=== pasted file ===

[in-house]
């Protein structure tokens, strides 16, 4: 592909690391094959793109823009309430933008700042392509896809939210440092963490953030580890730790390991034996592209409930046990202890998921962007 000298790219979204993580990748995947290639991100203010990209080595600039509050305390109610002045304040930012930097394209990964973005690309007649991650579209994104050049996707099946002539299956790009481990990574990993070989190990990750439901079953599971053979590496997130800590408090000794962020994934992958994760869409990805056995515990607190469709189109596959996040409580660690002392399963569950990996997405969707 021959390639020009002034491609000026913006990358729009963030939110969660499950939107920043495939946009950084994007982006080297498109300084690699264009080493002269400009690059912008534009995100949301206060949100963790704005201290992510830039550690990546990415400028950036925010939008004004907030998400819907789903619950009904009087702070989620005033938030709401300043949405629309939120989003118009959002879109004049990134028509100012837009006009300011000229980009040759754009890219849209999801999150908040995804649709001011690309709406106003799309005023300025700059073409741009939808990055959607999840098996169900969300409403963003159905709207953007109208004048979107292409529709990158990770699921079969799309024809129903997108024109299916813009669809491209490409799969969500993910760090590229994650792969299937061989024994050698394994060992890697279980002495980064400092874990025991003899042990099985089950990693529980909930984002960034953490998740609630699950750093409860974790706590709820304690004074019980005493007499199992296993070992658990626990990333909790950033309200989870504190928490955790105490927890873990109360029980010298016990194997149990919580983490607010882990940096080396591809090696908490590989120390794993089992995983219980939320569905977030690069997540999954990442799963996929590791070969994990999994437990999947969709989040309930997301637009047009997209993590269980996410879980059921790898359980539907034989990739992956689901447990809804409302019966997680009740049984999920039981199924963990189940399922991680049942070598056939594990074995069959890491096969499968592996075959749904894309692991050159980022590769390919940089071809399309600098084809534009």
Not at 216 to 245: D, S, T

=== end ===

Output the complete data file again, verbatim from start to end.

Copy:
[in-house]
């Protein structure tokens, strides 16, 4: 592909690391094959793109823009309430933008700042392509896809939210440092963490953030580890730790390991034996592209409930046990202890998921962007 000298790219979204993580990748995947290639991100203010990209080595600039509050305390109610002045304040930012930097394209990964973005690309007649991650579209994104050049996707099946002539299956790009481990990574990993070989190990990750439901079953599971053979590496997130800590408090000794962020994934992958994760869409990805056995515990607190469709189109596959996040409580660690002392399963569950990996997405969707 021959390639020009002034491609000026913006990358729009963030939110969660499950939107920043495939946009950084994007982006080297498109300084690699264009080493002269400009690059912008534009995100949301206060949100963790704005201290992510830039550690990546990415400028950036925010939008004004907030998400819907789903619950009904009087702070989620005033938030709401300043949405629309939120989003118009959002879109004049990134028509100012837009006009300011000229980009040759754009890219849209999801999150908040995804649709001011690309709406106003799309005023300025700059073409741009939808990055959607999840098996169900969300409403963003159905709207953007109208004048979107292409529709990158990770699921079969799309024809129903997108024109299916813009669809491209490409799969969500993910760090590229994650792969299937061989024994050698394994060992890697279980002495980064400092874990025991003899042990099985089950990693529980909930984002960034953490998740609630699950750093409860974790706590709820304690004074019980005493007499199992296993070992658990626990990333909790950033309200989870504190928490955790105490927890873990109360029980010298016990194997149990919580983490607010882990940096080396591809090696908490590989120390794993089992995983219980939320569905977030690069997540999954990442799963996929590791070969994990999994437990999947969709989040309930997301637009047009997209993590269980996410879980059921790898359980539907034989990739992956689901447990809804409302019966997680009740049984999920039981199924963990189940399922991680049942070598056939594990074995069959890491096969499968592996075959749904894309692991050159980022590769390919940089071809399309600098084809534009």
Not at 216 to 245: D, S, T